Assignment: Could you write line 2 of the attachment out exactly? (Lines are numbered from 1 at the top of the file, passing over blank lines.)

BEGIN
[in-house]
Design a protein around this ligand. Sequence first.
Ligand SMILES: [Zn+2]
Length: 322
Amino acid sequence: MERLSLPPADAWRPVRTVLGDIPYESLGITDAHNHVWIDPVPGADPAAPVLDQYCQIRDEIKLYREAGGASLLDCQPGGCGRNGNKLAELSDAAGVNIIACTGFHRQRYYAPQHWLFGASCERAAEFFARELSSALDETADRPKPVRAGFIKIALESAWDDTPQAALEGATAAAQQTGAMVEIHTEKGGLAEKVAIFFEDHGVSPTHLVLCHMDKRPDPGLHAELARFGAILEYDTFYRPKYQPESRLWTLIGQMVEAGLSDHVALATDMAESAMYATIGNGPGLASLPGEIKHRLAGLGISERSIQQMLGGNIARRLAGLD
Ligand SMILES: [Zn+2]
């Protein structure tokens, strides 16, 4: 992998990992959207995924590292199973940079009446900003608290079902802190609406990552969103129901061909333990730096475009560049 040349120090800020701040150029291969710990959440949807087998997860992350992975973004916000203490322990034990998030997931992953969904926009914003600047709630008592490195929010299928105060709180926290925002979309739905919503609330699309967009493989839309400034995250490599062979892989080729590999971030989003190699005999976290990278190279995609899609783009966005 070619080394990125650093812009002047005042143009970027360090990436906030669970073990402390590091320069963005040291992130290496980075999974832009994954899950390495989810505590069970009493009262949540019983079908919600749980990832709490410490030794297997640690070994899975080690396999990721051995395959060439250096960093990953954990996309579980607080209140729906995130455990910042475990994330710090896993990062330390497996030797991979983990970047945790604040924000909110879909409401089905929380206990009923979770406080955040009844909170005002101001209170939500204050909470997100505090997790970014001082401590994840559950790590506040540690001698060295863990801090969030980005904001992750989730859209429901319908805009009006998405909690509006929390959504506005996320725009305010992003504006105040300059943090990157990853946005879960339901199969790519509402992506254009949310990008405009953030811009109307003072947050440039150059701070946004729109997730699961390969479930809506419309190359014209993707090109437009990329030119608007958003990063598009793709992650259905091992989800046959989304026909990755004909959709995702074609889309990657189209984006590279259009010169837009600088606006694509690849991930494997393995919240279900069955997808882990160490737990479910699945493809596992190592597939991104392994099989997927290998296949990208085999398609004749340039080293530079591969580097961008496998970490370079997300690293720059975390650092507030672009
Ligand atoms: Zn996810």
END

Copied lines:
Design a protein around this ligand. Sequence first.